I tied two unusual roots on today: human hair (pictured) and daffodil cordage.
Thursday, February 18, 2010
My new friend Peter, the traffic engineer, is a regular now. He comes to crochet for about 30 minutes each day. He keeps an eye out for colleagues and tries to rope them in. So far no takers, but I think a few might come around. Today I met one of the women who sat on the panel which selected the artists who exhibit in the space; there was a gentleman who was looking at the piece from afar, so I started a conversation and we chatted about rock formations (the shape of the dress reminded him of formations in the Gobi Desert); and I spoke to a woman whose son goes to preschool in the building, among others. At the end of my crochet session, I walked over to the preschool to invite the older kids to come and finger crochet with me one day. Hopefully their teacher will connect with me and set something up.
There was also a flurry of activity on Twitter and Facebook today about my project pointing to: http://portlandopenstudios.wordpress.com/2010/02/18/helen-hiebert-awarded-racc-grant-and-opens-a-new-installation/
Hopefully this will bring some folks down to the space.
Wednesday, February 17, 2010
It was a gorgeous day outside, so I'm sure that everyone headed for the streets at lunchtime to soak up the sun. My intern Claire joined me for some crocheting, and Peter visited again to refine his skills. I'll have to talk with him about recruiting others - he knows a lot of people in the building. I sent a note to the Mayor's art person, inviting her to come see what I'm up to.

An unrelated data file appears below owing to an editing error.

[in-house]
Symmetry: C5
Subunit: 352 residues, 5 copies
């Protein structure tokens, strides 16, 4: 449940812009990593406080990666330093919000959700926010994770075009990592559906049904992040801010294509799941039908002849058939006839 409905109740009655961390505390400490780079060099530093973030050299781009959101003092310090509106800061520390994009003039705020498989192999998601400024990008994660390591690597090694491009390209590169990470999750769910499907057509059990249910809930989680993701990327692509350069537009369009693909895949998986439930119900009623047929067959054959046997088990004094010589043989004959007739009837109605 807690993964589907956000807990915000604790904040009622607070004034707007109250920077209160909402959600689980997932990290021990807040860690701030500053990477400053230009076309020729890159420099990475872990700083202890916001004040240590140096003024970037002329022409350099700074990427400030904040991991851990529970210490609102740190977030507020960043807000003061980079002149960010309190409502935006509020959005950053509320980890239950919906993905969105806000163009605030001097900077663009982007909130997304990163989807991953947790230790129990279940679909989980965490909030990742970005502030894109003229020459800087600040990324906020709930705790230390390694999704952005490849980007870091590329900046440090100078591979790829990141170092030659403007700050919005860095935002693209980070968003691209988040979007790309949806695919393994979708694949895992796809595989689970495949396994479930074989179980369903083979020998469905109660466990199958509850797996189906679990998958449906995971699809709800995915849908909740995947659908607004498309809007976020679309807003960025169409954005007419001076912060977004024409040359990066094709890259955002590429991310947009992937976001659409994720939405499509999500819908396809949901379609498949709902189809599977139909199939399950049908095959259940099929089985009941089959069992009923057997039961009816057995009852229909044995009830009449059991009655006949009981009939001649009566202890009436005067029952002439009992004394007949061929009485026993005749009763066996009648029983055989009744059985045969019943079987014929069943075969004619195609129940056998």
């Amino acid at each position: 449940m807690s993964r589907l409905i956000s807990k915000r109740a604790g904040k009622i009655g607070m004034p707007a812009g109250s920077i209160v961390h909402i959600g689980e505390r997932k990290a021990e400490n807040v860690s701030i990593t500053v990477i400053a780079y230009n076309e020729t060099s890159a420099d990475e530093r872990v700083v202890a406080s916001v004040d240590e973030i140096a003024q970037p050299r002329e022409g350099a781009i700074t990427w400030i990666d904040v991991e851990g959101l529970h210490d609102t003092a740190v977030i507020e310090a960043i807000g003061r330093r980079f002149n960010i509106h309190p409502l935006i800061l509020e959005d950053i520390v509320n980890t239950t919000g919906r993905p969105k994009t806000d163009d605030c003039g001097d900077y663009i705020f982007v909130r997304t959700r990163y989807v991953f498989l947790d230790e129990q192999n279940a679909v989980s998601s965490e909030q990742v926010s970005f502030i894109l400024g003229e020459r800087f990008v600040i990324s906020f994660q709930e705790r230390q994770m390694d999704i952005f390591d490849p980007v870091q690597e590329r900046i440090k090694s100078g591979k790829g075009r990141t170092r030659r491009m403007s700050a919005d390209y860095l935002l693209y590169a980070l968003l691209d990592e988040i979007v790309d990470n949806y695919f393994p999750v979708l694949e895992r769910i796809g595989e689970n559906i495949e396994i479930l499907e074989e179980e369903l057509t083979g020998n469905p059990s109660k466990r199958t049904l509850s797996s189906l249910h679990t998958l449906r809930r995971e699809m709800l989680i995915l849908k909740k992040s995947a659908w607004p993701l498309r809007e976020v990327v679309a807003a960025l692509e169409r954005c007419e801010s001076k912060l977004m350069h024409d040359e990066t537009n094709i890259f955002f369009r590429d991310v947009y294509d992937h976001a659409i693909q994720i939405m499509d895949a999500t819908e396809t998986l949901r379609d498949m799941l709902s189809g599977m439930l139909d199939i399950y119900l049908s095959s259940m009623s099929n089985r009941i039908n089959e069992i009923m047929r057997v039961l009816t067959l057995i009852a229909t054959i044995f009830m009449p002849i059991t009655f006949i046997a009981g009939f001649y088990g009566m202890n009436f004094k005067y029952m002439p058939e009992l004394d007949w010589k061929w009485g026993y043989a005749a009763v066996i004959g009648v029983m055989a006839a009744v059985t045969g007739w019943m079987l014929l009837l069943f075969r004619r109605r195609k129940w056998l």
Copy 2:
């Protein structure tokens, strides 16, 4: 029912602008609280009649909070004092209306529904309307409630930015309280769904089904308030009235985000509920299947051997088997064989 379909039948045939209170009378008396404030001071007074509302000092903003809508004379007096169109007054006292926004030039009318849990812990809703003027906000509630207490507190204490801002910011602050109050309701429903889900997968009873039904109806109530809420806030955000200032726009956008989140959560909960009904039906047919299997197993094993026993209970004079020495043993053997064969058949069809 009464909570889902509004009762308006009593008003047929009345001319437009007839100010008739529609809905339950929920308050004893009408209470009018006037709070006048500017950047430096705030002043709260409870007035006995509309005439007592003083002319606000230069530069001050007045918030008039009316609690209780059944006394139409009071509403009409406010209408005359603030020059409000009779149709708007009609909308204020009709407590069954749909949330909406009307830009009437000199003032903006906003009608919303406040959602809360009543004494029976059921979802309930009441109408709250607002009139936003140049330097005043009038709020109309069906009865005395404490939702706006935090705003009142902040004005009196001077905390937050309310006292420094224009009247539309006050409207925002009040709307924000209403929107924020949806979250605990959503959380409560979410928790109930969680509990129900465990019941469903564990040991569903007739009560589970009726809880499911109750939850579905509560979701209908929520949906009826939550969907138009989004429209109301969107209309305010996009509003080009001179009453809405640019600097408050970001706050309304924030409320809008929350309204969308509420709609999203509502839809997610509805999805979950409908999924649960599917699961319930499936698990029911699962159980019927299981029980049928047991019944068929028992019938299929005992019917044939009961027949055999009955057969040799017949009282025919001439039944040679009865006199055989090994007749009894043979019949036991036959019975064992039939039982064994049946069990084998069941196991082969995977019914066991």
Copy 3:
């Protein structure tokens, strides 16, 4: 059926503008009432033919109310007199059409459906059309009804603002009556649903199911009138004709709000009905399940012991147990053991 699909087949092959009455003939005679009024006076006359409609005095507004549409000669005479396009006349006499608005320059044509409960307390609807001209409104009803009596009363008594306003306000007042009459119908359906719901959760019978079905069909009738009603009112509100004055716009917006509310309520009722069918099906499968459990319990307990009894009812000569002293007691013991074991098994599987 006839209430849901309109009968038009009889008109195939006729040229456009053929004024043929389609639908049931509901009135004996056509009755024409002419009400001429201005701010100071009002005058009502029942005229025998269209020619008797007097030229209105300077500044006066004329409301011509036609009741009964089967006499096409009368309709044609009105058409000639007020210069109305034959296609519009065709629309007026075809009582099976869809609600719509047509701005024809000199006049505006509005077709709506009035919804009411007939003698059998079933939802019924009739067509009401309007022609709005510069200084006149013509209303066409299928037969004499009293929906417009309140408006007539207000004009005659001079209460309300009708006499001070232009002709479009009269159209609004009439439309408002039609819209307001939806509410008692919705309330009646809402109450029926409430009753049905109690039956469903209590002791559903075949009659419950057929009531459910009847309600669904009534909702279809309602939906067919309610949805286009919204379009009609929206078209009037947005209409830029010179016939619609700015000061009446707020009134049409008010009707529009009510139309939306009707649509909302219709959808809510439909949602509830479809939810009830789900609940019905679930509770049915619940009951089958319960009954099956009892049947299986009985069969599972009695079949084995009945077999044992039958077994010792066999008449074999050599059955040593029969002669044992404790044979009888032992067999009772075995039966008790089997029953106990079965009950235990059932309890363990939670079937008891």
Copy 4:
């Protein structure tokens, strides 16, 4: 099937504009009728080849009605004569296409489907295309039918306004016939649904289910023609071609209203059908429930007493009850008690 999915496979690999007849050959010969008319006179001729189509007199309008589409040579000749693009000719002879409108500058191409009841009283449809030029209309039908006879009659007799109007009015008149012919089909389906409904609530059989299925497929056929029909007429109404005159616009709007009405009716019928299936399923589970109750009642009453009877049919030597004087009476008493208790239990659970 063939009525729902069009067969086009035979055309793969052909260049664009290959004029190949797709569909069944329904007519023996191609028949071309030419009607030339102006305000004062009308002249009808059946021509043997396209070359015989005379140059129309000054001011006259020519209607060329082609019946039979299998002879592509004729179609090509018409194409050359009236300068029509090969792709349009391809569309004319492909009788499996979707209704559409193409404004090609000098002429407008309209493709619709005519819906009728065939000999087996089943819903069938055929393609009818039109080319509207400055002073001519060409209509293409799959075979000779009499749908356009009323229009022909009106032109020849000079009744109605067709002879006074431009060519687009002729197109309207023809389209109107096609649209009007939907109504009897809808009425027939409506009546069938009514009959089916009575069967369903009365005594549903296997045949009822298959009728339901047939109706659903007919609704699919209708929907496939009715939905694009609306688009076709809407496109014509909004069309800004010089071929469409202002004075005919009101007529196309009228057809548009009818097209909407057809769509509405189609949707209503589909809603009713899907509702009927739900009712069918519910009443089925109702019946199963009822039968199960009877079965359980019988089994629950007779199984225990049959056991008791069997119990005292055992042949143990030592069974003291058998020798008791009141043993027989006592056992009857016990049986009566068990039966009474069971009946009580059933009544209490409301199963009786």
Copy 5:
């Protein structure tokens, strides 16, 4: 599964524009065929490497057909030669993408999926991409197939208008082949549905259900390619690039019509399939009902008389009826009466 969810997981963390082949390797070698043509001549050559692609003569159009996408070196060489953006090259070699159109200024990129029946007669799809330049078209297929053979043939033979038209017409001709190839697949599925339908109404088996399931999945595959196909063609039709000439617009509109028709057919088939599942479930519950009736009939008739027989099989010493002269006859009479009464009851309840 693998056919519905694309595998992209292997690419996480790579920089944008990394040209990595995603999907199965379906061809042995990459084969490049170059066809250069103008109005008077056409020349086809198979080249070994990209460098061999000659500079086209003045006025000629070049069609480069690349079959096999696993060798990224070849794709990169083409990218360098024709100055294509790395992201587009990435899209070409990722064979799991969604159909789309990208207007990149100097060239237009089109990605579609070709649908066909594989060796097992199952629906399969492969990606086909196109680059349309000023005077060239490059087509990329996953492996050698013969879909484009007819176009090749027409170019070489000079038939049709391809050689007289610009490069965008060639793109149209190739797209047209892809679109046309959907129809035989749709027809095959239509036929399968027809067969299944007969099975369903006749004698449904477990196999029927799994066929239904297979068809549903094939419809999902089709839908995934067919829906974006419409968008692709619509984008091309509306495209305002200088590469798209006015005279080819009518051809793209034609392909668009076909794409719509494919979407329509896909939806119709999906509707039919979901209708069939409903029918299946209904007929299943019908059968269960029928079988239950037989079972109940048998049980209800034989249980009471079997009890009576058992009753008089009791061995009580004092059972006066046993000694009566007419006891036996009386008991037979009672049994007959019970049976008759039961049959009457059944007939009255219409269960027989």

I'll be adding roots for 19 days total, so I'm taking approximately 1/19th of the strands and adding them to the sculpture each day. These are all strands I've received by mail. I am still receiving packages each day. On the side wall there is a line with cards from each contributor with a fiber sample attached.
Tuesday, February 16, 2010
Today was a good first day. I talked with many people about the project, added the first roots and sat and crocheted with a few visitors. Some of the comments were amusing. "Is that a wedding dress?" wins the prize for the most asked question. One gentleman asked me if it was an advertisement for growth hormones. The Mother Tree is 7 feet tall, afterall.
Peter, a traffic engineer who works in the building, came by a few times and finally sat down and let me teach him how to crochet. We talked about boat knots and he's going to show me how to tie some one day soon. I've been wanting to connect with people who use occupational knots for a long time, so here's the first one!
Wednesday, February 10, 2010
I installed The Mother Tree in the installation space today. All went smoothly. Here's a snapshot. I plan to set up a tripod and photograph it each day so that I can make a time-lapse movie at the end of the installation period, showing how the piece grows over time.
Over 150 people have sent crocheted roots, and the postcards with crochet swatches are hanging on that line in the background. I'll begin adding actual roots next Tuesday, which is official opening day. There is not an opening event, but I will have a closing celebration in mid-March. TBA.
Here's one more image which gives a sense of scale.